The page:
$54 million pants under guard
WASHINGTON, D.C. -- The owners of a Washington, D.C. dry cleaning business got some relief at a legal defense fund-raiser Tuesday night as guests from around the country turned out to help their brethren.
More than $62,000 was raised to offset legal bills incurred by Jin and Soo Chung resulting from the $54 million lawsuit brought against them over an allegedly "missing" pair of pants. Contributors included large and small businesses and legal reform advocates.
"The Chungs epitomize the spirit of enterprise--building a small business, helping their neighbors, and living the American dream- until someone saw the chance to strike it rich playing the litigation lottery over a pair of temporarily misplaced slacks," said Lisa Rickard, president of the Institute for Legal Reform, an affiliate of the U.S. Chamber of Commerce, one of the event co-hosts along with the American Tort Reform Association.
Washington, D.C. Administrative Law Judge Roy Pearson had sued the Chungs in 2005, originally for $67 million, after they misplaced his pants. He alleged they violated a consumer protection law by not abiding by a "Satisfaction Guaranteed" sign.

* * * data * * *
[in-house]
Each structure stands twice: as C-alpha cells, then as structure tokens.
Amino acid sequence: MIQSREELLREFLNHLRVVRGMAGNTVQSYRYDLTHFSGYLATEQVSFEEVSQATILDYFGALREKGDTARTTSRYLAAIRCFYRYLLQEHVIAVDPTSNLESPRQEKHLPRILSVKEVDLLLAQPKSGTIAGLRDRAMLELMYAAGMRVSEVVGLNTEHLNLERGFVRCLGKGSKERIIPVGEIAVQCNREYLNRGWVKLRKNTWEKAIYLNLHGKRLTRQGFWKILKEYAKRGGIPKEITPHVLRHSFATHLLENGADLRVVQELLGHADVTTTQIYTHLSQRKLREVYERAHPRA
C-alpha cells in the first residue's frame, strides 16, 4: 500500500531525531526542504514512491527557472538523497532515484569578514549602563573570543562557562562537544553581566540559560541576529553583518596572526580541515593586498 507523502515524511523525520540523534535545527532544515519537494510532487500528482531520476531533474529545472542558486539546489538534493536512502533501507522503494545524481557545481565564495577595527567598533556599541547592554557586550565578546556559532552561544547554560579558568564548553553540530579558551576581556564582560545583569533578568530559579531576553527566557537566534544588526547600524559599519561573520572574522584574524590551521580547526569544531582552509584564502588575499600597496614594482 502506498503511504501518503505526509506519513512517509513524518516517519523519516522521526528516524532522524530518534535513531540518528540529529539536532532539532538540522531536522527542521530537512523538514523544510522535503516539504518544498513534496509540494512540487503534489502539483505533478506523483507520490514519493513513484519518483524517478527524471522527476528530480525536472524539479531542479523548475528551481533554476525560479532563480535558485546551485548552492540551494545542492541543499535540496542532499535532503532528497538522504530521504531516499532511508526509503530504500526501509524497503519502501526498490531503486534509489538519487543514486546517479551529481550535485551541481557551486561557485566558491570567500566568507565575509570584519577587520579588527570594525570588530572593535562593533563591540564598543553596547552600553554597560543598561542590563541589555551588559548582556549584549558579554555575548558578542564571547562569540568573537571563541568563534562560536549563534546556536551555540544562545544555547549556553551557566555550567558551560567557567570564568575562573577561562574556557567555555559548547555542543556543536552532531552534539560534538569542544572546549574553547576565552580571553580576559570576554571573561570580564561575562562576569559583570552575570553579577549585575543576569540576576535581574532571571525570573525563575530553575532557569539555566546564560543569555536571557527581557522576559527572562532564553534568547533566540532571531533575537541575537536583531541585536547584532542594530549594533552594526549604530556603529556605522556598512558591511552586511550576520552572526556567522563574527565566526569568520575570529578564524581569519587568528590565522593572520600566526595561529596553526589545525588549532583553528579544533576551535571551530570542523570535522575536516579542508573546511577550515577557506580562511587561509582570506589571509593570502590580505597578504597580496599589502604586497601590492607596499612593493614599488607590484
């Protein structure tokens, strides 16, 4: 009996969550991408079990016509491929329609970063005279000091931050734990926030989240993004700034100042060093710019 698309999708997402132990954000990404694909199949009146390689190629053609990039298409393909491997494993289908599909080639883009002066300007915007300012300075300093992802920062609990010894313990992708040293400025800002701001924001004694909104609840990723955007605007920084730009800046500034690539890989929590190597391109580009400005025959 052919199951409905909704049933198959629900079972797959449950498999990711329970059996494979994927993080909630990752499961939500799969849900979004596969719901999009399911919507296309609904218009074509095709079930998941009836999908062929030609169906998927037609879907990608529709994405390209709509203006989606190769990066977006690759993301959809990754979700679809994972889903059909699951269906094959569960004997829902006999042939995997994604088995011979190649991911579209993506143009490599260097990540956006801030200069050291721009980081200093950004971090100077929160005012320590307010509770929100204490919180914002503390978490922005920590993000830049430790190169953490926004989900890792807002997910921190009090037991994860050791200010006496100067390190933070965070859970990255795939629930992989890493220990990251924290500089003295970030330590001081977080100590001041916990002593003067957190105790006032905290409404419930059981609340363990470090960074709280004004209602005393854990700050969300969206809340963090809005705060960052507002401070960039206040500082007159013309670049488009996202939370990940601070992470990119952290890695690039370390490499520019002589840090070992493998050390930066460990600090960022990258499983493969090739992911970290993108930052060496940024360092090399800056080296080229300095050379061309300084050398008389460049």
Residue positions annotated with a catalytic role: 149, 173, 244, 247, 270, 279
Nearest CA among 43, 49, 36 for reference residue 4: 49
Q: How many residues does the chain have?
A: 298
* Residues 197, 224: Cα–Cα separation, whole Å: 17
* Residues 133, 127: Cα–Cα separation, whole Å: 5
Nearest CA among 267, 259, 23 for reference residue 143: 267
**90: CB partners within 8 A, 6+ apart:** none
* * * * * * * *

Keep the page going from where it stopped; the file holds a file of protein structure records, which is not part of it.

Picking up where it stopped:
The now infamous pants, neatly pressed and bagged, were on display at the fund-raiser under the careful watch of a hired security guard.
"Unfortunately, the Chungs are not alone in facing frivolous litigation," Rickard said. "Every day, all across the country, business owners large and small worry if they'll be next.
"The Chungs have incurred tens of thousands of dollars in legal expenses as a result of this frivolous lawsuit, and they have lost countless nights of sleep to aggravation and worry. Although we can't give them back their sleepless nights, we have taken a big step toward whittling their legal bills down to size."
According to the Associated Press, the Chungs still owe around $100,000 in legal bills.
Rickard said pledges are still coming in.
She also said that three-quarters of all small business owners surveyed recently by Harris Interactive reported that they were worried about becoming the target of a frivolous or unfair lawsuit. Many of them said that they have raised prices or have held back from expanding their businesses because of it.
In addition to helping the Chungs, the event organizers hoped to call attention to the broken lawsuit system that allows an obviously frivolous lawsuit to proceed, according to the Chamber. Even though a D.C. trial court harshly dismissed the suit, the plaintiff is expected to appeal.
The Southeast Texas Record is owned by the Institute for Legal Reform, an affiliate of the U.S. Chamber of Commerce.